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When you begin investing in stock, it's important to understand how you might actually be able to make money from owning the stock; to intimately have a grasp on how the increase in wealth is generated for you assuming you've selected your position wisely. Though it seems complicated, at its core, it's quite simple.
Let's take a moment to look at investing in stocks to illustrate how simple the process is.
The future value of stock must equal the sum of three components:
That is it. Those are the only three ways that someone who invests in stock can benefit economically. He can collect cash dividends, he can share in the proportional growth of the underlying earnings per share, and he can receive more or less for every $1.00 in profit a company generates based upon the overall level of panic (fear) or optimism (greed) in economy, which in turn drives the valuation multiple, also known as the price-to-earnings ratio.
For some companies, such as AT&T, the first component (dividend yield) is substantial. For others, such as Microsoft for the first 20 years, it isn't because all of the return comes from the second component (growth in intrinsic value per fully diluted share) as the software giant grew to tens of billions of dollars in net income per annum.
At all times, the third component, the valuation multiple, is fluctuating but has averaged at 14.5x earnings for the past 200 or so years in the United States. That is, the market has historically been willing to pay $14.50 for every $1.00 in net profit a firm generates.
Imagine you want to invest in a lemonade stand that has only one (1) share of stock outstanding.
The lemonade stand owner offers to sell you this share of stock. Your initial dividend is 4%. The business grows at 10% annually. You hold the share for 25 years and expand the company before selling it.
The historical price to earnings ratio for the stock market is 14.10. When I originally penned this article, the S&P 500 was valued at a p/e of 14.07.
At those prices, I think there was considerable evidence that an investor buying and holding a low-cost index fund such as the S&P 500 for the next 25+ years and reinvesting all dividends have a good probability of earning the historical real (inflation-adjusted) rate of return on capital of 7% compounded annually. In terms of purchasing power, that would turn every $10,000 invested into $54,274 before taxes, which might not be owed if you held your securities through a tax-advantaged account such as a Roth 401(k) or Roth IRA.
Over the next 50 years, the same $10,000 investment could grow into $294,570 in real, inflation-adjusted terms. That is a 30-year-old man or woman parking money until he or she is Warren Buffett's age.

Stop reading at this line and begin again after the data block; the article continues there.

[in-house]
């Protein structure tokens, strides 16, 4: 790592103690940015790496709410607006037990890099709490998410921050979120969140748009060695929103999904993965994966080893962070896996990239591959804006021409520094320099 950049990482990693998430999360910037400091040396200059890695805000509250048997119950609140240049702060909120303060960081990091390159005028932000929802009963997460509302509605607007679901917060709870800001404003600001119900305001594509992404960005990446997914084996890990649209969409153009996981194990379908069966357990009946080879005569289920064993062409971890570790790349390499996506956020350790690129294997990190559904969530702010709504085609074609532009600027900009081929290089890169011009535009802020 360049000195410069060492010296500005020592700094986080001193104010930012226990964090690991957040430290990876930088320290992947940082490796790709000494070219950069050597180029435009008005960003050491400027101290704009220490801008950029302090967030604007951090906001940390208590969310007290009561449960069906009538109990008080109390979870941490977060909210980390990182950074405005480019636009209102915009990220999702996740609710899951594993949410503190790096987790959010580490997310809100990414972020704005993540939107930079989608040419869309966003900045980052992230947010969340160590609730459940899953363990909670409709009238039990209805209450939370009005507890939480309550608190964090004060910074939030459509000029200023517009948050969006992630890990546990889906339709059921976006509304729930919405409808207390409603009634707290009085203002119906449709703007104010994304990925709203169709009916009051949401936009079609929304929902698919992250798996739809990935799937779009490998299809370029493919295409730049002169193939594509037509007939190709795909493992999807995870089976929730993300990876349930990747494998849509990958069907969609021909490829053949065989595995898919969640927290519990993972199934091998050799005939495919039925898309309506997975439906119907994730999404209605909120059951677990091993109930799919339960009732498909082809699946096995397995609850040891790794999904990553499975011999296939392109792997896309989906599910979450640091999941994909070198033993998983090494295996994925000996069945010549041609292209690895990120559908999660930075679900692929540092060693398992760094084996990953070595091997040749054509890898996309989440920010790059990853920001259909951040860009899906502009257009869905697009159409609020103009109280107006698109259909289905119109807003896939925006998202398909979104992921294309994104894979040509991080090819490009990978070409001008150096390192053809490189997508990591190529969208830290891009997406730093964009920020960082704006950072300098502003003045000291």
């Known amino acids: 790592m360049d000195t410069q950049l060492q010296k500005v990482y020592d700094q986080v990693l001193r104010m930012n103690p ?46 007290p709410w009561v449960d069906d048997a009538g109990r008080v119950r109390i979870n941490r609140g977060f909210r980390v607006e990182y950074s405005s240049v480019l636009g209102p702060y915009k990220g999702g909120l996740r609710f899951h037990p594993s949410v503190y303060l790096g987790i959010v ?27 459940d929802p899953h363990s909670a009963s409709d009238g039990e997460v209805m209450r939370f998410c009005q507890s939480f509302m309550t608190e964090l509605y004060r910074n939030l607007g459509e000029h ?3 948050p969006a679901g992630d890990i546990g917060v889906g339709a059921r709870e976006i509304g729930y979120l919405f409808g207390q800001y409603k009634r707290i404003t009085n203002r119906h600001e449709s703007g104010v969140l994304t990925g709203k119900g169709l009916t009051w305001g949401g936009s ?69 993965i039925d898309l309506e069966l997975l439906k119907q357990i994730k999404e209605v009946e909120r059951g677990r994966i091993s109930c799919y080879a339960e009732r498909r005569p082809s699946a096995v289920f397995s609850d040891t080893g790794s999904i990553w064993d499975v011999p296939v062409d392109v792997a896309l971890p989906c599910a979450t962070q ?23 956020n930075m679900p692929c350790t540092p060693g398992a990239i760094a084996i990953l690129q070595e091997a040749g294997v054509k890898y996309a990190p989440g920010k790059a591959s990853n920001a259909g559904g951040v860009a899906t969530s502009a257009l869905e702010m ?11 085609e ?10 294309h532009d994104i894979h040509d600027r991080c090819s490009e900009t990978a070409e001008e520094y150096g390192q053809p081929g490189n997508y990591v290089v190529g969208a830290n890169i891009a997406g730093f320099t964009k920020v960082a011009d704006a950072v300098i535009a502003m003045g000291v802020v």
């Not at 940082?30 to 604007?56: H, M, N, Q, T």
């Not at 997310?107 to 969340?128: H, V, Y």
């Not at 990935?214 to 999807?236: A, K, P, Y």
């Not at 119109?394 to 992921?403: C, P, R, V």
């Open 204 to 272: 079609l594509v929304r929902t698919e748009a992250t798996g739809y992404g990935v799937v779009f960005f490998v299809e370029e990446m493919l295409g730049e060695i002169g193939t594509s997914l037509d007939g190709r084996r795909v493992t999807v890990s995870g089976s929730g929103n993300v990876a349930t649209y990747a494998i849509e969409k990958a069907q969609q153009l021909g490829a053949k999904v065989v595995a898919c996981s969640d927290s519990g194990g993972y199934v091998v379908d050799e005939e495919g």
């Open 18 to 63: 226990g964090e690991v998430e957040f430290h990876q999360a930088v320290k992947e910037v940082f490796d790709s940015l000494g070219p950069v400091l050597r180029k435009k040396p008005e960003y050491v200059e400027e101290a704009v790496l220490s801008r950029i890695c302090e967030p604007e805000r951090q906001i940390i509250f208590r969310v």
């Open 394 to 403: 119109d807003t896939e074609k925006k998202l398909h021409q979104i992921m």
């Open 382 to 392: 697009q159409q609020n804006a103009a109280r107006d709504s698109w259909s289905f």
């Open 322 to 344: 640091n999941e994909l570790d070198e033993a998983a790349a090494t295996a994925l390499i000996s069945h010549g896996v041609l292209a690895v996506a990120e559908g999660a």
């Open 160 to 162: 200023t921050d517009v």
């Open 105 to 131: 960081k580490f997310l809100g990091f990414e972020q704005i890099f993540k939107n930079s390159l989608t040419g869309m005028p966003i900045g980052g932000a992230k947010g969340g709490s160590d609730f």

Stated another way, if you are a 30-year-old investor and you put $100,000 in an S&P 500 index fund through a tax-advantaged account, you have a very good shot at having purchasing power equal to $3,000,000 by the time you are Warren Buffett's age without ever saving another penny.
Looking at your stock investments rationally is the only intelligent way to manage your wealth. Whenever you are considering acquiring ownership in a business - which is what you are doing when you buy a share of stock in a company - you should take out a piece of paper or index card and write down all three components, along with your projections for them.
For example, if you are thinking about buying shares of stock in Company ABC, you should say something along the lines of, "My initial dividend yield on cost is 3.5%, I project future growth in earnings per share of 7% per annum, and I think the valuation multiple of 25x earnings that the stock currently enjoys will remain in place."
Seeing it on paper, if you were experienced, you'd realize that there is a flaw.
A 25x multiple for a stock growing at 7% per annum in today's world is too rich*. The stock is overvalued, even on a simple dividend-adjusted PEG ratio basis. Either the growth rate needs to be higher, or the valuation multiple needs to contract. By facing your assumptions head-on, and justifying them at the outset, you can better guard against unwarranted optimism that so often results in stock market losses for the new investor.
*Valuation multiples, or the inverse earnings yields, are always compared to the so-called "risk-free" rate, which has long been considered the United States Treasury bond yield.
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